How to Share Your Thoughts with Your Kids: 5 Steps - MakeSureHow
Edit Article

Understanding the child's emotional level can help present thoughts in a way that works.

The same adults who have no problem doling out chores to children might find themselves tongue-tied when it comes to sharing thoughts and feelings with them. Children take things literally and develop emotionally at different rates. In addition, the attention span of a child is often shorter than the typical attention span of an adult. To communicate your thoughts and feelings to kids, get a grasp on what the children are able to process and then share thoughts with them on their level and in short sound bites.


  1. 1
    Let the child know how his actions or words make you feel. Children do not typically have a concept of how their behaviors affect adults. Instead of making "you" statements to the children, stick with "I" statements to keep the focus on how you are feeling and what you are thinking.
  2. 2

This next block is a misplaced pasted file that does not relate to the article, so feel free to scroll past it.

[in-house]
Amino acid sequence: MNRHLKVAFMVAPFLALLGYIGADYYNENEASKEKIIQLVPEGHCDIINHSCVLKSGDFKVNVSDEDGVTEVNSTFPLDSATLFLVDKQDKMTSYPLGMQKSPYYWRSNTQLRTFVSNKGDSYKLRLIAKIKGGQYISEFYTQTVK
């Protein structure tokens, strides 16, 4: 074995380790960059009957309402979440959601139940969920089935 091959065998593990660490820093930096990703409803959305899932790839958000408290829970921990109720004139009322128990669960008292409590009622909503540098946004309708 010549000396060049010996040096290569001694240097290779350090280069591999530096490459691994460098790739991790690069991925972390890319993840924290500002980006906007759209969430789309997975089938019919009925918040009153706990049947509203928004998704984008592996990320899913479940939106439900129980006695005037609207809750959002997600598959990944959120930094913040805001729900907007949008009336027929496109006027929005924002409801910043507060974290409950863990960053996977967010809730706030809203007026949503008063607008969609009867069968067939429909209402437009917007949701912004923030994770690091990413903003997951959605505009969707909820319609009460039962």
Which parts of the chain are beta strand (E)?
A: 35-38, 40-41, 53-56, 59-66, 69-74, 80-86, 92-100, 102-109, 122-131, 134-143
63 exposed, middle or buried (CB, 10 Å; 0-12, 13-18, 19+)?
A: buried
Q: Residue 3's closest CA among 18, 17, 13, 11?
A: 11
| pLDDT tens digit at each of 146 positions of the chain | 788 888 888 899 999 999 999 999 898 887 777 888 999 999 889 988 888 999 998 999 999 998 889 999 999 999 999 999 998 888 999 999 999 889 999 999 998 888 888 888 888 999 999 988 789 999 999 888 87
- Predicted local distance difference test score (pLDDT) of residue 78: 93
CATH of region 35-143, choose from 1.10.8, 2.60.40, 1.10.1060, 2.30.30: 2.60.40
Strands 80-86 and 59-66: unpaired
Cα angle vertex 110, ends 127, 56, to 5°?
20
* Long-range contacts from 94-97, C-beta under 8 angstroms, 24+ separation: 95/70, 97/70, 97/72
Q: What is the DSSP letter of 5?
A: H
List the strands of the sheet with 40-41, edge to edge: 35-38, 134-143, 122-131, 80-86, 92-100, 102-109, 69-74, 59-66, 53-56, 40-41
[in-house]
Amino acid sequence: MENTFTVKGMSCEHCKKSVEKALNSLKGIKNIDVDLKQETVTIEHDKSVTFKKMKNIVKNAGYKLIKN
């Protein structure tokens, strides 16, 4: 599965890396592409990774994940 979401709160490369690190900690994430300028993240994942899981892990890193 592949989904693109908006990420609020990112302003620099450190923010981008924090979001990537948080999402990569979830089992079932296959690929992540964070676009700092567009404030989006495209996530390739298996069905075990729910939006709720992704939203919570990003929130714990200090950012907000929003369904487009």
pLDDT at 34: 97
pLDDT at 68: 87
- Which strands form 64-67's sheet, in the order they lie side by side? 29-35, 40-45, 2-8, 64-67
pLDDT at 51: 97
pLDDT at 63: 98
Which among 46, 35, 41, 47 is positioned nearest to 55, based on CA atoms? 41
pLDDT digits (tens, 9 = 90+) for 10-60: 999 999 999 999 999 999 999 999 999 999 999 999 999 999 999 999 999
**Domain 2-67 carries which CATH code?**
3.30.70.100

Use positive messages. Telling children they failed to listen and they made you angry is not as effective as telling them how their actions affected you. For example, children who take their seat belts off in the car can be told how it feels. "I am scared I may have to press hard on the brakes and you will be thrown forward and hurt and I will be sad," is an example of using "I" statements. It keeps the focus on how the behavior affects you and what your thoughts are about the behavior.
  3. 3
    Find a quiet place. A quiet place to communicate thoughts helps children concentrate on the words. If the TV is blaring, the dogs are barking and people are knocking at the door, children will be too distracted to absorb what you are saying.
  4. 4
    Keep it simple. Children need to know you are in charge and even while sharing thoughts and feelings, you will be the adult and they are safe. Kneel or sit down so you are eye to eye and explain your thoughts in simple, short terms. Let the child ask questions and express a response.
  5. 5
    Ask the child to paraphrase. Once you have shared your thoughts with your child in simple, short sound bites, ask her to repeat back to you what you said. Children might misunderstand the meaning of your words, which can cause anxiety and fear. Ensure that the child can repeat back what she thought you meant and clear up any misconceptions right there.


  • Maintain eye contact. It reinforces when the sharing has begun and when it


  • Don't overwhelm children with details that are beyond their maturity level.

Article Info

Categories: Education and Communications

Did this article help you?


an Author!

Write an Article